The perpetuation of labor abuse in the developing world has played on my consciousness since I first learned about the phenomenon as a teenager. I avoid brands which are known offenders like the plague, and do what I can to compensate by making FairTrade purchases, mostly coffee and textiles. I attempted a creative response some years later by starting to make an animated film addressing the disconnection between creator, consumer and profiteer, but to date it remains incomplete. I never once considered the topic prime ribs for a comical treatment… until now!
With social and environmental issues falling in and out of the pop-cultural spotlight regularly, I was pleased to discover this hilarious and equally disturbing piece courtesy of The Onion News Network (NY)’s online video department. My only beef with the piece is its omission of the most despicable link in the chain… the CEO’s upstream, in affluent developed countries who make decisions on where to set up shop based on the level of desperation and deflation of any prospective nation’s economy.
With this oversight, the piece seems somewhat incomplete (dare I say, sanitised) but nevertheless, it hits some runs. The production team gets us laughing about a taboo subject and leave us feeling queasy at the end of the ride. Ah, bless The Onion and its many layers.
My recent absorption into the world of Twitter has led me to some interesting places, and among other things, rekindled my passion for the animation artform. Emily Dodge, animator and blogger at ReelAlive has posted a few beautiful discoveries on her site, two of which I will repost here. Coming from the font of creativity that lies in Europe’s outer reaches, these two films are wonderful examples of storytelling without the need for dialogue or verbal comprehension of any kind. They are beautiful, illustrative, poetic and captivating… as you will see below.
It is rare to see an animated film told in a single character’s POV. The above work uses this technique to great effect.
The element that makes the above animation so lyrical in my opinion is the artist’s observational skill. Subtle details turn the loosely sketched children into flesh and blood, perhaps even more palpably emotive than their ‘real life’ counterparts. We are blessed to see contemporary animation that harks back to the analog age and delivers so deftly!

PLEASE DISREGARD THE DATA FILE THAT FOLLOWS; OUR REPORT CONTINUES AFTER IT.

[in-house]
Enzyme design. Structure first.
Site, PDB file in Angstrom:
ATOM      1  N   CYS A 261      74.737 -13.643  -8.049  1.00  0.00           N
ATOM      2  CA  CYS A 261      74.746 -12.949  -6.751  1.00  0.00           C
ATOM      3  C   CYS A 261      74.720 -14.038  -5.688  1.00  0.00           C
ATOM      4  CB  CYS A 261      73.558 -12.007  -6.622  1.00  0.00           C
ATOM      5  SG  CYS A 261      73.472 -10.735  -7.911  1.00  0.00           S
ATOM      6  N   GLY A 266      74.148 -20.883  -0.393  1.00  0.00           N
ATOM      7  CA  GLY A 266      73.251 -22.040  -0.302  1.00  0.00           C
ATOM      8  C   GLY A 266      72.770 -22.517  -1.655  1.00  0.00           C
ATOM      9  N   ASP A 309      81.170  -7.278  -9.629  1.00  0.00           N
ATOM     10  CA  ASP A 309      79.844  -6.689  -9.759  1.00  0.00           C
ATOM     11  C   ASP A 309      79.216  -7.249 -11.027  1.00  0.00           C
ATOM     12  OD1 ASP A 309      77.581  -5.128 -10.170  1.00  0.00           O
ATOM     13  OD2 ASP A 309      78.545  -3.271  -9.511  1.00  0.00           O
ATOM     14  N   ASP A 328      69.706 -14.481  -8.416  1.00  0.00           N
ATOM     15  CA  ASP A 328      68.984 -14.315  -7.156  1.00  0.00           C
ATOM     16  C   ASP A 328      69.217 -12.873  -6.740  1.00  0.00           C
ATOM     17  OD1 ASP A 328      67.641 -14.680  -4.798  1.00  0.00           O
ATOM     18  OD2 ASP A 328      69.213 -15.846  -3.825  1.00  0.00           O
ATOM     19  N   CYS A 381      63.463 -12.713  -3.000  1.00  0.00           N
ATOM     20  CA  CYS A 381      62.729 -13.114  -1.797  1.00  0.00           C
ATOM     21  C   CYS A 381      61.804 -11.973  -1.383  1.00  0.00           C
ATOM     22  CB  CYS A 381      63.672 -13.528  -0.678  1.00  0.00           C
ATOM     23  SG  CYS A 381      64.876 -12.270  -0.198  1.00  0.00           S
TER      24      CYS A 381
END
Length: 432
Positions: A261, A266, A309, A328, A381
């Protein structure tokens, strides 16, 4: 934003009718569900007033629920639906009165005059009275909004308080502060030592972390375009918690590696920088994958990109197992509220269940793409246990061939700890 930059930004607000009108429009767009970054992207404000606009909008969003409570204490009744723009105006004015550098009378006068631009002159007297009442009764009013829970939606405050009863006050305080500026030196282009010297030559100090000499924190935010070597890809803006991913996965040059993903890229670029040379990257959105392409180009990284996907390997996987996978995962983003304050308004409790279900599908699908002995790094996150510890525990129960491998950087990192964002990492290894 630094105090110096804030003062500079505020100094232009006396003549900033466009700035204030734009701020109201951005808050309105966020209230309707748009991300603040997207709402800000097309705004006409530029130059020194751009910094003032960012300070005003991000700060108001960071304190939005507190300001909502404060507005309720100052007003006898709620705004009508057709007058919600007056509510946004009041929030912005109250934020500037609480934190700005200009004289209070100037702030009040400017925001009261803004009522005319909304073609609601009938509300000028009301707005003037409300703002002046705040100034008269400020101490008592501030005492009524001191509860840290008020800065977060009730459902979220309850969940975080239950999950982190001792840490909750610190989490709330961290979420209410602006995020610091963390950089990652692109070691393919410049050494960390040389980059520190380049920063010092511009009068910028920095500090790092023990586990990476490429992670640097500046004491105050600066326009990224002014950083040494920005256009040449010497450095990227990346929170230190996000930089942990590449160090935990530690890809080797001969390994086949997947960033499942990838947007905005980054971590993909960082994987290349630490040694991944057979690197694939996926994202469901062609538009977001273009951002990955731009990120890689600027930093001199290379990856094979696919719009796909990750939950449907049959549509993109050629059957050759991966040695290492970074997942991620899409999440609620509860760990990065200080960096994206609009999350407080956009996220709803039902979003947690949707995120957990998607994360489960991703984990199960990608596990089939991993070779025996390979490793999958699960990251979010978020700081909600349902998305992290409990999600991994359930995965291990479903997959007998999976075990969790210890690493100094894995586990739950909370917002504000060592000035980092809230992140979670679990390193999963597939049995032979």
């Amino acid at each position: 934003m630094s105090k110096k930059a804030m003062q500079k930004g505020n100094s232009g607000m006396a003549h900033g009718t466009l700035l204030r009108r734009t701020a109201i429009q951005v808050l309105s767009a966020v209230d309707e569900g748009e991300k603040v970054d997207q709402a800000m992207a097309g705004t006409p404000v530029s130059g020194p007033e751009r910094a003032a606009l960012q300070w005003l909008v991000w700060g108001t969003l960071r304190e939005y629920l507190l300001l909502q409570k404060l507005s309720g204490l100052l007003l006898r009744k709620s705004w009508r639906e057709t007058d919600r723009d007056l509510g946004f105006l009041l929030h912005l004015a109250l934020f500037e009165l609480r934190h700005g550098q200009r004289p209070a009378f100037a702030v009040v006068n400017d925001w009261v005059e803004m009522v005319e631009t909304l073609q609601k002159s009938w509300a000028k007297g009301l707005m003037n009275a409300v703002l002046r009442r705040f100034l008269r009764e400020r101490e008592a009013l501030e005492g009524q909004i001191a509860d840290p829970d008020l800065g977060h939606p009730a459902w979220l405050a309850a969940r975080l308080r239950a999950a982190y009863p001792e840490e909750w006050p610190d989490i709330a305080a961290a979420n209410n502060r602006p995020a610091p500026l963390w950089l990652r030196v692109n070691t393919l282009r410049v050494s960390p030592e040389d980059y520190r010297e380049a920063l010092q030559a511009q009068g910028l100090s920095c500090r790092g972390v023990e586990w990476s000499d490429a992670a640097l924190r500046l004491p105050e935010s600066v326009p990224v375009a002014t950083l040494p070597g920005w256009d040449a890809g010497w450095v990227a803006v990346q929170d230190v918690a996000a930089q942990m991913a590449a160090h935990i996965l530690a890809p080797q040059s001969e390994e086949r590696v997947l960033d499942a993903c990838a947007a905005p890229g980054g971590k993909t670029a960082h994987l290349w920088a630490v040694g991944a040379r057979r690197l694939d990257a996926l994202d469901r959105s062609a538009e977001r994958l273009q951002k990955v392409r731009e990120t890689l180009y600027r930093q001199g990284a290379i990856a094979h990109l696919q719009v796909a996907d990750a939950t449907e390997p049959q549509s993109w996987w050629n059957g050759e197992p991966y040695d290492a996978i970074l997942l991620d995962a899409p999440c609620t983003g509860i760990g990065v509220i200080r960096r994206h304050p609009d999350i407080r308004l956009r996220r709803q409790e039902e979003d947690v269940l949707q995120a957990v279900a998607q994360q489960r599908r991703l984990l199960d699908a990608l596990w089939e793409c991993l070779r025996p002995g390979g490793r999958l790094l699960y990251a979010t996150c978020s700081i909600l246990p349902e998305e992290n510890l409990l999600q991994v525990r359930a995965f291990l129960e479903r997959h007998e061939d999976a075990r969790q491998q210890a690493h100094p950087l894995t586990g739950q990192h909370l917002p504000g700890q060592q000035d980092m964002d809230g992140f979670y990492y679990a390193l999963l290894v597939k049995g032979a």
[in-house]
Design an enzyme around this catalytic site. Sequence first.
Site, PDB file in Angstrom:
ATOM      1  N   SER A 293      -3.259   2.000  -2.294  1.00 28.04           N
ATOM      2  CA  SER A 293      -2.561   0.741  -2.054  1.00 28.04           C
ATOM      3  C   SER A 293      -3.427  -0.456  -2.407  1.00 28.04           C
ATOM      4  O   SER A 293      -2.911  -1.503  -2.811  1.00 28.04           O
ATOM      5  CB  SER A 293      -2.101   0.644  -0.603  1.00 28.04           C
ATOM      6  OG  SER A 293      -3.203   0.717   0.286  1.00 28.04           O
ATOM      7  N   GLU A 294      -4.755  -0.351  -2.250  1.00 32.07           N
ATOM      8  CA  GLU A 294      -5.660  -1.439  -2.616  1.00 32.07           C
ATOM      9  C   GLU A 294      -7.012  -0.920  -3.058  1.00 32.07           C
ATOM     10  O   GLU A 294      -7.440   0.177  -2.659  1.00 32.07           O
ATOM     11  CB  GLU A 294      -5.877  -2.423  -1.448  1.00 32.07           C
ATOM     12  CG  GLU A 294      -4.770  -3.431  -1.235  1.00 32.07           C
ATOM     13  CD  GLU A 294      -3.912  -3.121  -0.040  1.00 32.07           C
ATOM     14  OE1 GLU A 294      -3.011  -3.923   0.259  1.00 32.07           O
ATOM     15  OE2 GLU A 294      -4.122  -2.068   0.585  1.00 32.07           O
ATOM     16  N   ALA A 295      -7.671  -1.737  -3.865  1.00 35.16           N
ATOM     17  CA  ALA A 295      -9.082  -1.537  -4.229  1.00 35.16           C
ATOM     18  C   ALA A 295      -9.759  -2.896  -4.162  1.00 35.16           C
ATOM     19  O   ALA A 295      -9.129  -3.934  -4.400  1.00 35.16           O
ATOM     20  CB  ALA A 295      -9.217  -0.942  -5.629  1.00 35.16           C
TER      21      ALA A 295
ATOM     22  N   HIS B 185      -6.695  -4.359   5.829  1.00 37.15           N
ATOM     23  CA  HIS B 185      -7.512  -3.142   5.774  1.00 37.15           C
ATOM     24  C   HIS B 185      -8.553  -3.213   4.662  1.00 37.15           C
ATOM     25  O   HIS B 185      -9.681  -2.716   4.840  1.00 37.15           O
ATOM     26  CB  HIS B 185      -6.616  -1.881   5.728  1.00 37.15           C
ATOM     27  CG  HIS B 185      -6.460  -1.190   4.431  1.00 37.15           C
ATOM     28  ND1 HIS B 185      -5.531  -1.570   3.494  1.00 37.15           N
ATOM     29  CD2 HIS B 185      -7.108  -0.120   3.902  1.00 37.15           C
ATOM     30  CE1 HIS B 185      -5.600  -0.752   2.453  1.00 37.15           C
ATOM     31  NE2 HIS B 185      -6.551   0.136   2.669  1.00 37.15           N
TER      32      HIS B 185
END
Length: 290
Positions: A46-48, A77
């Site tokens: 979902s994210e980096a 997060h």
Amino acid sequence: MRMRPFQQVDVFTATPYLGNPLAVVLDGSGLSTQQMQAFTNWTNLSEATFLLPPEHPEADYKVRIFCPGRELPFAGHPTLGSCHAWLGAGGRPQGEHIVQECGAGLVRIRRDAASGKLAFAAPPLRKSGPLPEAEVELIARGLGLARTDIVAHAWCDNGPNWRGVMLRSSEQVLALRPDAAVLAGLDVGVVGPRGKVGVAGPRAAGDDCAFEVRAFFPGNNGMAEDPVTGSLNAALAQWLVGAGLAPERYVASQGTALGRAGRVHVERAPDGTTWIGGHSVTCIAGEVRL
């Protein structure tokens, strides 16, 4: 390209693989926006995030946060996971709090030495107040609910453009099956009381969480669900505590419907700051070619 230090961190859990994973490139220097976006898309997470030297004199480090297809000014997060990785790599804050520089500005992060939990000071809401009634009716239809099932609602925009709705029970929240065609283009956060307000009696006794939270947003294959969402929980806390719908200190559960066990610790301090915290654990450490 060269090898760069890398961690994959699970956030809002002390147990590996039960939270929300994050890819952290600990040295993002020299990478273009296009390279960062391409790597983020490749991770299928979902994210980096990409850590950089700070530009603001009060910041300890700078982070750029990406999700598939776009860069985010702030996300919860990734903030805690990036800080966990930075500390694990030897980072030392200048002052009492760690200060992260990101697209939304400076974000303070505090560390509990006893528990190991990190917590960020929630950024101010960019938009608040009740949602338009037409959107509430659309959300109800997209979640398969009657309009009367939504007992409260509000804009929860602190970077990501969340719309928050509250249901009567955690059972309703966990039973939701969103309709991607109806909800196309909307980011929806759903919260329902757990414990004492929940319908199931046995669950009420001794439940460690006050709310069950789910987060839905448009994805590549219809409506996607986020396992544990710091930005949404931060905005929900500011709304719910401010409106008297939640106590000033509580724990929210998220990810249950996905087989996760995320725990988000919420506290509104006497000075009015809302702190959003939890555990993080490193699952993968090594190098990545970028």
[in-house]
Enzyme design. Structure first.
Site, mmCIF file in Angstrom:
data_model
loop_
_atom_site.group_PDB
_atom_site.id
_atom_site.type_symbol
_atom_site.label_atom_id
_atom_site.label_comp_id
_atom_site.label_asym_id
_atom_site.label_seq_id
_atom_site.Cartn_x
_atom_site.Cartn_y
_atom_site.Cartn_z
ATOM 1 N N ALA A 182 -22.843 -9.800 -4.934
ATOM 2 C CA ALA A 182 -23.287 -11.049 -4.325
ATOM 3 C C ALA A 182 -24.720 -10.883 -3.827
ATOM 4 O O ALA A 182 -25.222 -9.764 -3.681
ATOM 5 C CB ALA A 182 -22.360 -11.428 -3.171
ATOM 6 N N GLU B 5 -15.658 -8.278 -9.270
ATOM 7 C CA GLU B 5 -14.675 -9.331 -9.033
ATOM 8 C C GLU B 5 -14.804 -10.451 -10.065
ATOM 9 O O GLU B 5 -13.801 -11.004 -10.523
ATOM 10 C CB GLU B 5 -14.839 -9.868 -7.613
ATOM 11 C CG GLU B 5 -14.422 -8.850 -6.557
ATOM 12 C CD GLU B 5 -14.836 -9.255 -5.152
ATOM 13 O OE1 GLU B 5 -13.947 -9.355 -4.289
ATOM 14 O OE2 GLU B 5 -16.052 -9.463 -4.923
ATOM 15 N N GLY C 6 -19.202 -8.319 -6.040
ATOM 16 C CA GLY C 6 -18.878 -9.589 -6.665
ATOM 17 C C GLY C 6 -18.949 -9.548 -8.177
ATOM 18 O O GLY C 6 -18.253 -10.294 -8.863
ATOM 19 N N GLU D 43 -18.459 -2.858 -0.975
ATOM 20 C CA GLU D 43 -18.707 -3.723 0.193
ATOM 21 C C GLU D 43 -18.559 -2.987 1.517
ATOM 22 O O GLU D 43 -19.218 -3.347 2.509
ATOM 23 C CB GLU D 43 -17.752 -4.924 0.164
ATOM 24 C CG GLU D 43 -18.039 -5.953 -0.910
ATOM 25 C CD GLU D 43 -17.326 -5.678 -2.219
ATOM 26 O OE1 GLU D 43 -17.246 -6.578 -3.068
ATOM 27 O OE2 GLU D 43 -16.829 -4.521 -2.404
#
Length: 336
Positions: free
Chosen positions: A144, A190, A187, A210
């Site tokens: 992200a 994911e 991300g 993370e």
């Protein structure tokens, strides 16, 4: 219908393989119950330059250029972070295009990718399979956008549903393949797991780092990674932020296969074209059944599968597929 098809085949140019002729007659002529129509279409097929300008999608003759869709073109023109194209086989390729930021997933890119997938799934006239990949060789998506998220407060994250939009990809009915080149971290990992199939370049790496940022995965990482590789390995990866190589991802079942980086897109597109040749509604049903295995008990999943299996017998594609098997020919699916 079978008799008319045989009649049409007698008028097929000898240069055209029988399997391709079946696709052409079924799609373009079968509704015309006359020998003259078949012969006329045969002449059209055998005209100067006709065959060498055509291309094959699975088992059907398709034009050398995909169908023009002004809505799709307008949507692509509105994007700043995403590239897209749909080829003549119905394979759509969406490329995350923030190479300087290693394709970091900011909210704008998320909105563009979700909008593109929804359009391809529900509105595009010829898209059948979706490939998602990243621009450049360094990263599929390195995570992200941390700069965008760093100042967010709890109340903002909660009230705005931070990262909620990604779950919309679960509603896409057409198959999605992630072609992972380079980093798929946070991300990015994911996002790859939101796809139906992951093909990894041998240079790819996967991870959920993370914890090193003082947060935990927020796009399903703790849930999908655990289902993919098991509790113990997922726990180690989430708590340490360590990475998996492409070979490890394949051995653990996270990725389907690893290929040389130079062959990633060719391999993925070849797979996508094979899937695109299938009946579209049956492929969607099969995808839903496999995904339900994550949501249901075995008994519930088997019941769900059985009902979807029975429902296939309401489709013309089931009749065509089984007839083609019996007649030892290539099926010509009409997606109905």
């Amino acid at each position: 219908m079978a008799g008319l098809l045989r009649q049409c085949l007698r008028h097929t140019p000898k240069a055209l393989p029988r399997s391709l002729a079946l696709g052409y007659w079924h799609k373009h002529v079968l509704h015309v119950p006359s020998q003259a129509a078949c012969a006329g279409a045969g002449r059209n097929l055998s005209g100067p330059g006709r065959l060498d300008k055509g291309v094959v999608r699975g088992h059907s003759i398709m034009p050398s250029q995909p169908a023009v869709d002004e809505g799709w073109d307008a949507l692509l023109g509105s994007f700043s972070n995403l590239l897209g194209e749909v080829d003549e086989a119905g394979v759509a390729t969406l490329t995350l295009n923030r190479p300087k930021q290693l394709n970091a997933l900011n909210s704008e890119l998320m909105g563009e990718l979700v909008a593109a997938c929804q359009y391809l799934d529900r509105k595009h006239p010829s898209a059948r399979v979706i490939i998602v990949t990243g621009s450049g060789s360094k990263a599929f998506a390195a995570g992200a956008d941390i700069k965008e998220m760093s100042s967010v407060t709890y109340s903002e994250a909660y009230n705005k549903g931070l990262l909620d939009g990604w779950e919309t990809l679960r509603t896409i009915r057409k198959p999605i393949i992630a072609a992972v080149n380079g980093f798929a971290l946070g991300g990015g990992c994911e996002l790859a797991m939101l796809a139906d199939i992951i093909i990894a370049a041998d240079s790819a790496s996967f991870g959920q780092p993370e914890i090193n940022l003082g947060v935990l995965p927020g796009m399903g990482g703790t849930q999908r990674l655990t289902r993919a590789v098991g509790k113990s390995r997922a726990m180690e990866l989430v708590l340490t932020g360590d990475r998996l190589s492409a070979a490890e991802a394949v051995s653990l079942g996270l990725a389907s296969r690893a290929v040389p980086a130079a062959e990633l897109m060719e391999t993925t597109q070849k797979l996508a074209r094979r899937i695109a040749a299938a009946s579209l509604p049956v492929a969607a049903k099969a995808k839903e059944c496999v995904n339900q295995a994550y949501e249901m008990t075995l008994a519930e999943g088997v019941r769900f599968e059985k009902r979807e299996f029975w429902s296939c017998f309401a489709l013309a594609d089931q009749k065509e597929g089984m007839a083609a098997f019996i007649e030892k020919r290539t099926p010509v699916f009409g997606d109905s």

It had been years since I had a problem with a virus or malware of any kind… until yesterday. A talented musical friend of mine Vitreous sent me a link to download a current mix of his, and suddenly things turned wierd. Evidently a trojan-horse had made it past my internet security suite from Comodo, and I received an alert telling me my antivirus needed updating. The pop-up window at a glance looked like an official Microsoft notice, and without thinking I downloaded the ‘update’ and with it, unleashed a can of worms.
When the alert windows started coming, (in a range of styles, each professing doom for my computer) I became immediately suspicious. I hit ‘Ignore’ every time an alert encouraged me to buy, register, purchase or clean my computer of the 7000 odd ills I was being told it had… and turned to Google in search of an answer.
Sure enough, I had welcomed into my Windows XP machine a dose of AntiVirus 360, a fake a/v program that hustles you for your details, money, and slows your PC performance down like a ball and chain. Fortunately, with a little help from this great free application Malwarebytes’ Anti-Malware, I was able to rid myself of the problem, and restore my PC’s performance to its former glory.
The one thing the remedy I found via Google didn’t mention is that AntiVirus 360 has a neat way of intercepting your attempts to clean your computer, by forcing the Malwarebytes app to close. After much frustration, I found that by downloading the app to my desktop, then restarting Windows XP in Safe Mode, I was able to install the application, run it immediately after and clean my PC with little complication.
The long and the short of this is: don’t take your PC security for granted, and carefully scrutinize any pop-up that throws itself your way, no matter how familiar and legitimate it may appear at first glance. Thanks again to Malwarebytes for getting me out of this pickle… and with any luck, this article will spare more of you from this particular nasty!